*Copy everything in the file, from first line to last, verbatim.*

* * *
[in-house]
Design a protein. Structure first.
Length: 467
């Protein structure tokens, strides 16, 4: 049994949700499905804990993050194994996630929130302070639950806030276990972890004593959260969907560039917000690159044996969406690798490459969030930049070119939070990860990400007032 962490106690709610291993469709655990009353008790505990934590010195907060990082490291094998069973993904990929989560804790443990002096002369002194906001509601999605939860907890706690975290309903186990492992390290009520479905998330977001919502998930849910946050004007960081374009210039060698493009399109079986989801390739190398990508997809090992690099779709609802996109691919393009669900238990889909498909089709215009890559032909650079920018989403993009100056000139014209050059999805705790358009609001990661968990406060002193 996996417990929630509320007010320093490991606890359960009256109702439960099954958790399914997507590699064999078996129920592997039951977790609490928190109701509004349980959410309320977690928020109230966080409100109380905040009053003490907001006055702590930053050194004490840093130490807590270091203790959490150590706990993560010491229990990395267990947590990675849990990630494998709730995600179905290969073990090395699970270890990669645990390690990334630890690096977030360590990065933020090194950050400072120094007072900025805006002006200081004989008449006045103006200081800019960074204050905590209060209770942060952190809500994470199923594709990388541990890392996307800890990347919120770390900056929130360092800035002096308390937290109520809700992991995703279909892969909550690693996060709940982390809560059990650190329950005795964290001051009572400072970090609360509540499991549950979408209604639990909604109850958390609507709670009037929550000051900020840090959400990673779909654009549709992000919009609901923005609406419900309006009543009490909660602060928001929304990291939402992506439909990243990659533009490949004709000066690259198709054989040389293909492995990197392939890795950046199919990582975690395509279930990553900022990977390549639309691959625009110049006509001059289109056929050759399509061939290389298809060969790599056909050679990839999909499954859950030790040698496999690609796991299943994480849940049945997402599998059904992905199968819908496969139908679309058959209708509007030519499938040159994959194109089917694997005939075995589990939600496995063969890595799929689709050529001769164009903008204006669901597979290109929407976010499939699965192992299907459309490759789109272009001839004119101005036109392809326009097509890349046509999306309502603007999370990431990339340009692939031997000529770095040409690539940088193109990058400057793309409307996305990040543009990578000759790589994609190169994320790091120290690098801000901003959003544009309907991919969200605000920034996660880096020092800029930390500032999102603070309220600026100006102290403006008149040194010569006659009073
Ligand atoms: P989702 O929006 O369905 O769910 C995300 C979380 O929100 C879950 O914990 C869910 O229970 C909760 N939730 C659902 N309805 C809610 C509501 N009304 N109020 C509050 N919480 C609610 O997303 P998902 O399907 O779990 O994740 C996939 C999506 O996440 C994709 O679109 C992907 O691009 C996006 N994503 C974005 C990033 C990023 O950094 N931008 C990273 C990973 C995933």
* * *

[in-house]
Design a protein. Structure first.
Length: 467
């Protein structure tokens, strides 16, 4: 049994949700499905804990993050194994996630929130302070639950806030276990972890004593959260969907560039917000690159044996969406690798490459969030930049070119939070990860990400007032 962490106690709610291993469709655990009353008790505990934590010195907060990082490291094998069973993904990929989560804790443990002096002369002194906001509601999605939860907890706690975290309903186990492992390290009520479905998330977001919502998930849910946050004007960081374009210039060698493009399109079986989801390739190398990508997809090992690099779709609802996109691919393009669900238990889909498909089709215009890559032909650079920018989403993009100056000139014209050059999805705790358009609001990661968990406060002193 996996417990929630509320007010320093490991606890359960009256109702439960099954958790399914997507590699064999078996129920592997039951977790609490928190109701509004349980959410309320977690928020109230966080409100109380905040009053003490907001006055702590930053050194004490840093130490807590270091203790959490150590706990993560010491229990990395267990947590990675849990990630494998709730995600179905290969073990090395699970270890990669645990390690990334630890690096977030360590990065933020090194950050400072120094007072900025805006002006200081004989008449006045103006200081800019960074204050905590209060209770942060952190809500994470199923594709990388541990890392996307800890990347919120770390900056929130360092800035002096308390937290109520809700992991995703279909892969909550690693996060709940982390809560059990650190329950005795964290001051009572400072970090609360509540499991549950979408209604639990909604109850958390609507709670009037929550000051900020840090959400990673779909654009549709992000919009609901923005609406419900309006009543009490909660602060928001929304990291939402992506439909990243990659533009490949004709000066690259198709054989040389293909492995990197392939890795950046199919990582975690395509279930990553900022990977390549639309691959625009110049006509001059289109056929050759399509061939290389298809060969790599056909050679990839999909499954859950030790040698496999690609796991299943994480849940049945997402599998059904992905199968819908496969139908679309058959209708509007030519499938040159994959194109089917694997005939075995589990939600496995063969890595799929689709050529001769164009903008204006669901597979290109929407976010499939699965192992299907459309490759789109272009001839004119101005036109392809326009097509890349046509999306309502603007999370990431990339340009692939031997000529770095040409690539940088193109990058400057793309409307996305990040543009990578000759790589994609190169994320790091120290690098801000901003959003544009309907991919969200605000920034996660880096020092800029930390500032999102603070309220600026100006102290403006008149040194010569006659009073
Ligand atoms: P989702 O929006 O369905 O769910 C995300 C979380 O929100 C879950 O914990 C869910 O229970 C909760 N939730 C659902 N309805 C809610 C509501 N009304 N109020 C509050 N919480 C609610 O997303 P998902 O399907 O779990 O994740 C996939 C999506 O996440 C994709 O679109 C992907 O691009 C996006 N994503 C974005 C990033 C990023 O950094 N931008 C990273 C990973 C995933």